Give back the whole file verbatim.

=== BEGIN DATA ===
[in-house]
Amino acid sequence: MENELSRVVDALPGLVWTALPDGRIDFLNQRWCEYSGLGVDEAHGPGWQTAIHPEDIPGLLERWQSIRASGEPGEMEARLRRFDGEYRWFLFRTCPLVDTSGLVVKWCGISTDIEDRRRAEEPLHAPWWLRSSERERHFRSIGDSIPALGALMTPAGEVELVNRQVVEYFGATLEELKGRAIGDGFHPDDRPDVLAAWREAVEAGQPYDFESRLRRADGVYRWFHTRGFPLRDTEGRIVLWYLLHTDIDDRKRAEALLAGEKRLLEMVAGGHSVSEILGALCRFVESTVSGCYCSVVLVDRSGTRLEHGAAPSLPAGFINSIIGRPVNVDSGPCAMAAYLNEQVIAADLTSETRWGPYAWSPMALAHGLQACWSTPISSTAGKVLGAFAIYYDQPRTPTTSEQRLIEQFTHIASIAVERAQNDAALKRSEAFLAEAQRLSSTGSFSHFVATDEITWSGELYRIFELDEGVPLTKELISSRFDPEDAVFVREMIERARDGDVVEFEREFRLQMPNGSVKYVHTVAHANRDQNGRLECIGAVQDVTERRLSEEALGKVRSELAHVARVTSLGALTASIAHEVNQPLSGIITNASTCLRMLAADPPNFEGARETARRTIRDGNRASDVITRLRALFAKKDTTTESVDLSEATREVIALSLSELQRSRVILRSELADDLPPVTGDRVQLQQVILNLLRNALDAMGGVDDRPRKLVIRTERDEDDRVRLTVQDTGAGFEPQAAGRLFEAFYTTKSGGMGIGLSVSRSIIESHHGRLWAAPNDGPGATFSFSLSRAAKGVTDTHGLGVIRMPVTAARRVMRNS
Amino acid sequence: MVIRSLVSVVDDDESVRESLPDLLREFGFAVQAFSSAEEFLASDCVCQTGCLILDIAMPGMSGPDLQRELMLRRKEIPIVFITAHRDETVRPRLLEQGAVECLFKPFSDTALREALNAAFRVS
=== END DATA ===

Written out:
[in-house]
Amino acid sequence: MENELSRVVDALPGLVWTALPDGRIDFLNQRWCEYSGLGVDEAHGPGWQTAIHPEDIPGLLERWQSIRASGEPGEMEARLRRFDGEYRWFLFRTCPLVDTSGLVVKWCGISTDIEDRRRAEEPLHAPWWLRSSERERHFRSIGDSIPALGALMTPAGEVELVNRQVVEYFGATLEELKGRAIGDGFHPDDRPDVLAAWREAVEAGQPYDFESRLRRADGVYRWFHTRGFPLRDTEGRIVLWYLLHTDIDDRKRAEALLAGEKRLLEMVAGGHSVSEILGALCRFVESTVSGCYCSVVLVDRSGTRLEHGAAPSLPAGFINSIIGRPVNVDSGPCAMAAYLNEQVIAADLTSETRWGPYAWSPMALAHGLQACWSTPISSTAGKVLGAFAIYYDQPRTPTTSEQRLIEQFTHIASIAVERAQNDAALKRSEAFLAEAQRLSSTGSFSHFVATDEITWSGELYRIFELDEGVPLTKELISSRFDPEDAVFVREMIERARDGDVVEFEREFRLQMPNGSVKYVHTVAHANRDQNGRLECIGAVQDVTERRLSEEALGKVRSELAHVARVTSLGALTASIAHEVNQPLSGIITNASTCLRMLAADPPNFEGARETARRTIRDGNRASDVITRLRALFAKKDTTTESVDLSEATREVIALSLSELQRSRVILRSELADDLPPVTGDRVQLQQVILNLLRNALDAMGGVDDRPRKLVIRTERDEDDRVRLTVQDTGAGFEPQAAGRLFEAFYTTKSGGMGIGLSVSRSIIESHHGRLWAAPNDGPGATFSFSLSRAAKGVTDTHGLGVIRMPVTAARRVMRNS
Amino acid sequence: MVIRSLVSVVDDDESVRESLPDLLREFGFAVQAFSSAEEFLASDCVCQTGCLILDIAMPGMSGPDLQRELMLRRKEIPIVFITAHRDETVRPRLLEQGAVECLFKPFSDTALREALNAAFRVS